At the risk of stirring a pot (or poking a dog with a stick), I’ve got three excerpts on where science and religion meet.
The first is from the Archbishop of Westminster, who has some good advice to respect and treat with “deep esteem” atheists and agnostics. I think this advice should go for both sides.
The Archbishop of Westminster has urged Christians to treat atheists and agnostics with “deep esteem”.
Last year, Cardinal Murphy-O’Connor complained of a “new secularist intolerance of religion” and the state’s “increasing acceptance” of anti-religious views.
To stem this tide, he said Christians must understand they have something in common with those who do not believe.
God is not a “fact in the world” as though God could be treated as “one thing among other things to be empirically investigated” and affirmed or denied on the “basis of observation”, said Cardinal Murphy-O’Connor.
“If Christians really believed in the mystery of God, we would realise that proper talk about God is always difficult, always tentative.
“I want to encourage people of faith to regard those without faith with deep esteem because the hidden God is active in their lives as well as in the lives of those who believe.”
Next we have the Einstein letter recently released that showed he felt religions were on the whole “pretty childish.” This is something he was, I believe, fairly careful not to say in his public discourse. One could argue this was because he knew it would be unpopular and effect his ability to influence policy and/or funding. One could also argue that he realized picking a fight with the religions of the world wasn’t a particularly useful thing to do.
The great scientist’s views on religion have long been debated, with many seizing upon phrases such as “He [God] does not throw dice” as evidence that he believed in a creator.
But the newly-unveiled letter, a response to the philosopher Eric Gutkind, has cast doubt on the theory that Einstein had any belief in God at all towards to the end of his life.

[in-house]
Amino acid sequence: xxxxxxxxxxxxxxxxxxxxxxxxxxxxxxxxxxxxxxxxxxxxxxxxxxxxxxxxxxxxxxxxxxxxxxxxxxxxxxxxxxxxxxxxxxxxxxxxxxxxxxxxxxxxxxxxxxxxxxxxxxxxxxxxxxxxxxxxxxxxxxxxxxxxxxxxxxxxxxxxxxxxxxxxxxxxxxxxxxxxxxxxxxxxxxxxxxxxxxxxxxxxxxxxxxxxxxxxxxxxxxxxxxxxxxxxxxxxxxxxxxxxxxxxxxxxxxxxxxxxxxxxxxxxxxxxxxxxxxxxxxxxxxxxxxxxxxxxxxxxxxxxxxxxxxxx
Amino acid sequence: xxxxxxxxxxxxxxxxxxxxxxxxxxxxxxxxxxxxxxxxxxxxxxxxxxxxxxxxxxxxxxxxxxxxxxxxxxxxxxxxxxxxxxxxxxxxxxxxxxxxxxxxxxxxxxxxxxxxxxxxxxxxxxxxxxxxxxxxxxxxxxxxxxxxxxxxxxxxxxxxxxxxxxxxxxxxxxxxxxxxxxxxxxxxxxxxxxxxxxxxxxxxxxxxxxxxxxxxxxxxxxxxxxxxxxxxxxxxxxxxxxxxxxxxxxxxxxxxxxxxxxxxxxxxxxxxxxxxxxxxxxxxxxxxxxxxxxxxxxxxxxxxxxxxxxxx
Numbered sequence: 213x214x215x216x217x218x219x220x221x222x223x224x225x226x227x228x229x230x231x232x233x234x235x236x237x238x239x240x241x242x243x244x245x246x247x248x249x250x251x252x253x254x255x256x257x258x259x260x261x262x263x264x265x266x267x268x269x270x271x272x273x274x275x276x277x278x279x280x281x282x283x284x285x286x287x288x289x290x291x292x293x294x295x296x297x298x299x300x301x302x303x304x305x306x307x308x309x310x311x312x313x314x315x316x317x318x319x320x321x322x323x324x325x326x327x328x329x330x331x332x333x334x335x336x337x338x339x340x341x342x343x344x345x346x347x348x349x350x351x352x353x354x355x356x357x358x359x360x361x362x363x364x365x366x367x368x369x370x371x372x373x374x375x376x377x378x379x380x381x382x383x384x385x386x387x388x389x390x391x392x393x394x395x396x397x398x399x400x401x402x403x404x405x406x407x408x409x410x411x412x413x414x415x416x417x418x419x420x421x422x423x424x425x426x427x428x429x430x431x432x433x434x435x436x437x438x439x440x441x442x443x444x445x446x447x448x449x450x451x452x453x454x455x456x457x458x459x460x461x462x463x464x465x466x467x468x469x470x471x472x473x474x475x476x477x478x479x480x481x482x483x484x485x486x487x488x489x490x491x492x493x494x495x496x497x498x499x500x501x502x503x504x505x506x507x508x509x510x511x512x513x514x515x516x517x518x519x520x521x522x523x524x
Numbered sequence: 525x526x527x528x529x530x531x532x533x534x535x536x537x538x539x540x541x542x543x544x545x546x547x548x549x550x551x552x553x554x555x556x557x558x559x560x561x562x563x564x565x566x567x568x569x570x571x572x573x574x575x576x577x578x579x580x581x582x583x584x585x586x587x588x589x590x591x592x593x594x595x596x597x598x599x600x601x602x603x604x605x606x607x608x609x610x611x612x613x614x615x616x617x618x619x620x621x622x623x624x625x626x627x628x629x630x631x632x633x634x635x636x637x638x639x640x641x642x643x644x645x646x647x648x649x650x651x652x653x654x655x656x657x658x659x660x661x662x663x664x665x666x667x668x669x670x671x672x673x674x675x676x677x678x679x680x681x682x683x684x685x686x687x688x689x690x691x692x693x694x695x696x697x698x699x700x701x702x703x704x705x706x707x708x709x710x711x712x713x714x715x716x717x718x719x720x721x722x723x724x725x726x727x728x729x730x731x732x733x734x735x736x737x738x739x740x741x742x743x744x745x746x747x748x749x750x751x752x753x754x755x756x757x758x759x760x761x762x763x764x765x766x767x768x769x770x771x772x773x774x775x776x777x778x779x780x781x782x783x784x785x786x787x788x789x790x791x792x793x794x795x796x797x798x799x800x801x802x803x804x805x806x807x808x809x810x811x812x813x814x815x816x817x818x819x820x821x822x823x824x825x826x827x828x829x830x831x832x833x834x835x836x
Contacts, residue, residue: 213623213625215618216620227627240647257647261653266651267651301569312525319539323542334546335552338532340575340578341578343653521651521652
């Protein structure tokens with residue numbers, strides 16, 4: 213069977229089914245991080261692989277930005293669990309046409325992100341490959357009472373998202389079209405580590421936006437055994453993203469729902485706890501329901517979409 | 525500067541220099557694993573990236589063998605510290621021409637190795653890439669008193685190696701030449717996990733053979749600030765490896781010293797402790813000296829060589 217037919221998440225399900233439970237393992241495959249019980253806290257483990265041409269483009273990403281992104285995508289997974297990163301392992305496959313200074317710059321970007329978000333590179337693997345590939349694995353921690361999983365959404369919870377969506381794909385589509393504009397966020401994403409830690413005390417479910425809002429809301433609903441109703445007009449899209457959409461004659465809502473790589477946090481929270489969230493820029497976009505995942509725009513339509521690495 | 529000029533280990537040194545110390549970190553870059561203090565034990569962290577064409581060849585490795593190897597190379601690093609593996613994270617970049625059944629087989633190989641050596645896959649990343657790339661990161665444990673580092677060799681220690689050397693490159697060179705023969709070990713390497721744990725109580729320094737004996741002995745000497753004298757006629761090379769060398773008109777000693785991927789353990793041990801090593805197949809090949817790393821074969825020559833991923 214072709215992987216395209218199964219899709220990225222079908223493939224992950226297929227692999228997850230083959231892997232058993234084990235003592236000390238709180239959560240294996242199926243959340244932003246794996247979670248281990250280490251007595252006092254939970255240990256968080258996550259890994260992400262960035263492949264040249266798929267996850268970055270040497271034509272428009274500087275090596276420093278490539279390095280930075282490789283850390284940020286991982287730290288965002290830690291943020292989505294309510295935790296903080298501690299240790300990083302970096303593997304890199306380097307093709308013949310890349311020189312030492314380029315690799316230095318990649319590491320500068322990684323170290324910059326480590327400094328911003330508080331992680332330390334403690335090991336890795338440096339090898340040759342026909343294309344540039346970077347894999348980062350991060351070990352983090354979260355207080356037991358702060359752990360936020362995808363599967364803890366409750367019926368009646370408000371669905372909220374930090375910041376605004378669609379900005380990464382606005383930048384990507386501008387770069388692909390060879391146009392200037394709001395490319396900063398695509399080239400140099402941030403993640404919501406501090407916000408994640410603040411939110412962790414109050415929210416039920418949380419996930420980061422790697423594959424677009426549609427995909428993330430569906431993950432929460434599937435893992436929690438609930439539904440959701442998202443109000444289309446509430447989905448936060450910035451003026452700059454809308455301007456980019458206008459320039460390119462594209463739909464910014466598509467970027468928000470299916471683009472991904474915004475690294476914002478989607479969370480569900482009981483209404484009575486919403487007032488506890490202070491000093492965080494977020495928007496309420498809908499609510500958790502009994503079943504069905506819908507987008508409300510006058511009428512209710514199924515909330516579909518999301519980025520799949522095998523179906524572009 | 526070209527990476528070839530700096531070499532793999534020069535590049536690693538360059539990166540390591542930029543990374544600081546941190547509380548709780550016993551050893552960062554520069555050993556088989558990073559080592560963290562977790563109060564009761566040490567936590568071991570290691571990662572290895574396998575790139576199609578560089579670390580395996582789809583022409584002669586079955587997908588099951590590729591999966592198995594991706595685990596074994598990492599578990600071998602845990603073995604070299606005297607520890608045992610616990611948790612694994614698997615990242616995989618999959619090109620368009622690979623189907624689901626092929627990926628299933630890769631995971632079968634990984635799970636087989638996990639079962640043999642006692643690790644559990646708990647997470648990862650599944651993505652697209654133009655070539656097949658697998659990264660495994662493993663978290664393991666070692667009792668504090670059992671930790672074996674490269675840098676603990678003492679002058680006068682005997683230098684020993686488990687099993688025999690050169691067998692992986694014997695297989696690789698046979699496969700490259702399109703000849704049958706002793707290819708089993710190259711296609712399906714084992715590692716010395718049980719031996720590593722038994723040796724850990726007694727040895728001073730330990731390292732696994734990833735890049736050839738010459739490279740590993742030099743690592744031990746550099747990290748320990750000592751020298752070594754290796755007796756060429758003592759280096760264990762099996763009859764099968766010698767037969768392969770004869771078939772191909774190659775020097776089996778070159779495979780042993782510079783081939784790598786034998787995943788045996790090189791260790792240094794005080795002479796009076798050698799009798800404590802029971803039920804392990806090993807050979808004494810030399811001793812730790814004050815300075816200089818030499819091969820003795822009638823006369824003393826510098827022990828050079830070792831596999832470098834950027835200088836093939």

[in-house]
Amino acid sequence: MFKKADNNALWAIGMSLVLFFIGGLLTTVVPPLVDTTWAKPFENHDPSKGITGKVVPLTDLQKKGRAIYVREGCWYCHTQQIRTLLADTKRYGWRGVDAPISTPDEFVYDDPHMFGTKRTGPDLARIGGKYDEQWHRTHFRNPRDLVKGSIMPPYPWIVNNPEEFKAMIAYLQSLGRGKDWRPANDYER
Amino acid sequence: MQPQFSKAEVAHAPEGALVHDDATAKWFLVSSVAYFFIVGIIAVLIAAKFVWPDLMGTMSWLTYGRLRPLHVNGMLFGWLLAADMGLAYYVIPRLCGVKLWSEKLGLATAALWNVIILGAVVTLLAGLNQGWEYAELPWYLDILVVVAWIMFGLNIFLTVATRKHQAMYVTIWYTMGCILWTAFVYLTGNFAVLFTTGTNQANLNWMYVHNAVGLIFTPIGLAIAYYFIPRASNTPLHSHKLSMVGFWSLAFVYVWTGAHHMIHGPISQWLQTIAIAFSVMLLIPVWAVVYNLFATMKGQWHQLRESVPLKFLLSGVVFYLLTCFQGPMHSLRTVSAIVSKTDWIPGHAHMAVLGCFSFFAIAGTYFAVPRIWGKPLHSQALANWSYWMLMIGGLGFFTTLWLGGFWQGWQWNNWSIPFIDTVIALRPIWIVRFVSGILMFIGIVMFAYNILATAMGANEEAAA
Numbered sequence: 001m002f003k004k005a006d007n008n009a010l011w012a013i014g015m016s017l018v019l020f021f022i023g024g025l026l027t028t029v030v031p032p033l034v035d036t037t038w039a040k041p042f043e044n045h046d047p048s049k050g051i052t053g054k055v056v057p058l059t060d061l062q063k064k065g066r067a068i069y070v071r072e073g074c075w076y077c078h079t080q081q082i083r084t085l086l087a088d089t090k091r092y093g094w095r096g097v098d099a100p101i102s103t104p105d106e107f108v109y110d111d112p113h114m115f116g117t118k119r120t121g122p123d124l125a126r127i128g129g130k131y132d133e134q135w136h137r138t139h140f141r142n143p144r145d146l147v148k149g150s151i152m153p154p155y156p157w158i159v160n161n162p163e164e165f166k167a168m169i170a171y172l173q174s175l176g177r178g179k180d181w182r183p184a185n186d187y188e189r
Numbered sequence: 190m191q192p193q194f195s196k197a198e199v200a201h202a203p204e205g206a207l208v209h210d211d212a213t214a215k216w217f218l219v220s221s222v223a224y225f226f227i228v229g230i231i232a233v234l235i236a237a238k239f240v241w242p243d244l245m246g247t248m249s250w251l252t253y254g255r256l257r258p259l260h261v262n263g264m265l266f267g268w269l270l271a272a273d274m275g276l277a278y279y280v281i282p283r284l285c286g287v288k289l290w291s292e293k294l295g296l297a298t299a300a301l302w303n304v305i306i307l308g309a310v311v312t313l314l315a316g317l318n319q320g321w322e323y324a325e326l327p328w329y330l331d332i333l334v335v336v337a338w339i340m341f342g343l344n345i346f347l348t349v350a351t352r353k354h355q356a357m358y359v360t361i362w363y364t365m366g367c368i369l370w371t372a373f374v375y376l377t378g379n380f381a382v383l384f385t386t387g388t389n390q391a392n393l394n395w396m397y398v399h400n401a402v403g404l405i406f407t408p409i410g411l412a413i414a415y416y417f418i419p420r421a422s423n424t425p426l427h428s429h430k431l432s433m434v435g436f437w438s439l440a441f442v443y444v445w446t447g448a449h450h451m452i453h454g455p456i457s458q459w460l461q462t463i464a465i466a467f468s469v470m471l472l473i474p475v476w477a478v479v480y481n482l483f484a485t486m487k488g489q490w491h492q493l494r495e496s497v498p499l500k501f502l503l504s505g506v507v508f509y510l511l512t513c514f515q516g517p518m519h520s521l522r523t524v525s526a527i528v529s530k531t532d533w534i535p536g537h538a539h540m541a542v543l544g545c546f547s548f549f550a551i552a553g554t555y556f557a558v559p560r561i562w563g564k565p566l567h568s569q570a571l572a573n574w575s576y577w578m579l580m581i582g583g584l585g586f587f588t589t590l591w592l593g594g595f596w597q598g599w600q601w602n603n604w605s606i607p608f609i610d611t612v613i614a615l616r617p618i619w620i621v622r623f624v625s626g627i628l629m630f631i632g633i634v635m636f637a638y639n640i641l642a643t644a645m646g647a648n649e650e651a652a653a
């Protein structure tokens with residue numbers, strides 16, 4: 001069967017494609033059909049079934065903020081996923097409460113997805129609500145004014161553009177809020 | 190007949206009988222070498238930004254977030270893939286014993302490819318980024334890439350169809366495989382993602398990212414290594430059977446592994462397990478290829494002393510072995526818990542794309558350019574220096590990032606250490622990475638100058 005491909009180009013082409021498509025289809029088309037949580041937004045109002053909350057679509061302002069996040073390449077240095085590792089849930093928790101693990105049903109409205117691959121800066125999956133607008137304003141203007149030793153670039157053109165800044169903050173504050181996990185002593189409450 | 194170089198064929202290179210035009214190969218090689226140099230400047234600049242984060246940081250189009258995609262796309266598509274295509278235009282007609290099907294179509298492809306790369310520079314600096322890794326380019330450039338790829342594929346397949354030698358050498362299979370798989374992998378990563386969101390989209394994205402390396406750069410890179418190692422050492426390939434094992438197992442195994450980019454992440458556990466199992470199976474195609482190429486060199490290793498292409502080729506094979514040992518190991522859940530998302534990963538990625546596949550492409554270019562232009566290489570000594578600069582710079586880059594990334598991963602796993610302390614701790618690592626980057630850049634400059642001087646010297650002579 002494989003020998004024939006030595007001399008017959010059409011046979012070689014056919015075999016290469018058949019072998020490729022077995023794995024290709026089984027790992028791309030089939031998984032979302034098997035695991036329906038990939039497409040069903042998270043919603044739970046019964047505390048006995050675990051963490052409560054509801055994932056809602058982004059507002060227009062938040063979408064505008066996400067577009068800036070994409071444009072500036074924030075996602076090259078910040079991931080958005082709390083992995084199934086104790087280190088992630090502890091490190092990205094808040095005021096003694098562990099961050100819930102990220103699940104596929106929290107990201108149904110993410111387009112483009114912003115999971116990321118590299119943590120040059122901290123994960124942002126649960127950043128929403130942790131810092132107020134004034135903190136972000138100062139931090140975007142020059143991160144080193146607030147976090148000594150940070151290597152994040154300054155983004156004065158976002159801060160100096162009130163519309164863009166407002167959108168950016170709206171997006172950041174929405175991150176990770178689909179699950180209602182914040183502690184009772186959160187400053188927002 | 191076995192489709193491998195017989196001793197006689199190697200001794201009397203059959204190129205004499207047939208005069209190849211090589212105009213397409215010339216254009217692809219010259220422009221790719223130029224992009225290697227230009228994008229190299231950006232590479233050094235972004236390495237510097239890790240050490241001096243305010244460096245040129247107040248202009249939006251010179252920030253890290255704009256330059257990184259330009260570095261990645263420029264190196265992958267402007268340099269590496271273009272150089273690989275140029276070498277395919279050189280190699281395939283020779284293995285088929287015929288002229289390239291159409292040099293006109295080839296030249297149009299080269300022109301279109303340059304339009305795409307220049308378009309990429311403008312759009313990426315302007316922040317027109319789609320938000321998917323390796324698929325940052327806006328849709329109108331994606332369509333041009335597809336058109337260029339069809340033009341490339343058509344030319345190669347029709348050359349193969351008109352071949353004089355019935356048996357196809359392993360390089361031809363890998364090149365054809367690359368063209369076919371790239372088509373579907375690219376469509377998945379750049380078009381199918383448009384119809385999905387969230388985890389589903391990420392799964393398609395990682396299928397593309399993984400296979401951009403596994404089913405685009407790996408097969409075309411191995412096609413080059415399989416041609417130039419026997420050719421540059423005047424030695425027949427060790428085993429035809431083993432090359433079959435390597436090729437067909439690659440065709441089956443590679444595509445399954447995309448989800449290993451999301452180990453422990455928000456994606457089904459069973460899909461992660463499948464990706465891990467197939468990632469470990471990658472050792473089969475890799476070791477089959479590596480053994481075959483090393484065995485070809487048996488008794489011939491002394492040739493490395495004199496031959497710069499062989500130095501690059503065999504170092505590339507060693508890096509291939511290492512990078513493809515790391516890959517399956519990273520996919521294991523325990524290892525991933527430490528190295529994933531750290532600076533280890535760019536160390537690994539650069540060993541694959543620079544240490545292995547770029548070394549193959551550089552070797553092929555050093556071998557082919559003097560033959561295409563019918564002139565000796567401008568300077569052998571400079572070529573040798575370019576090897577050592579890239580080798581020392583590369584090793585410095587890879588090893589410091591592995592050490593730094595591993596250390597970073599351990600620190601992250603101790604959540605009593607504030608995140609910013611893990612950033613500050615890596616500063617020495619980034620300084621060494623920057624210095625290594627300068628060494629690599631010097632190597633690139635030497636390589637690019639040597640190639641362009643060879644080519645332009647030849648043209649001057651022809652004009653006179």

In the letter, dated January 3 1954, he wrote: “The word god is for me nothing more than the expression and product of human weakness, the Bible a collection of honourable, but still primitive legends which are nevertheless pretty childish.
“No interpretation no matter how subtle can (for me) change this.”
The last was found on Boing boing, as so many wonderful things are.
WITH economic and communications globalisation, some form of a global civilisation is beginning to emerge, perhaps homogeneous, perhaps forever diverse. We all face the challenges of global warming. We face peak oil, that year after which we shall never recover so much oil again – with unknown economic consequences, including hunger and resource wars. And all the while, our diverse cultures are being crushed together.
One response is a retreat into fundamentalisms, often religious, often hostile. This is hardly surprising, as humanity is still split between 3 billion who believe in the Abrahamic God (the majority of whom are Muslim, though a powerful minority are fundamentalist Christians), a billion who, like myself, believe in no supernatural god (though some of these are militant atheists), and the other traditions such as Buddhism. Clearly there is an urgent need for some new thinking.
That is why I wrote Reinventing the Sacred, though I am well aware that the very possibility and wisdom of such an enterprise is suspect. For those of faith, it is sacrilegious; those who are not religious remember Galileo recanting before the Inquisition and the millions killed in the name of God, and want no part of a God or a sacred that demands retreat from the truth of the world.
I’ll be picking up his book in some form or other, and reporting back to you. I think he’s got an interesting point, that we have an almost visceral need for something to hold sacred (religions point to this as evidence of God). I mentioned a couple days ago the Ann Druyan quote on “Sacred” as “those truths that inspire awe,” I’m hoping to build on that with this.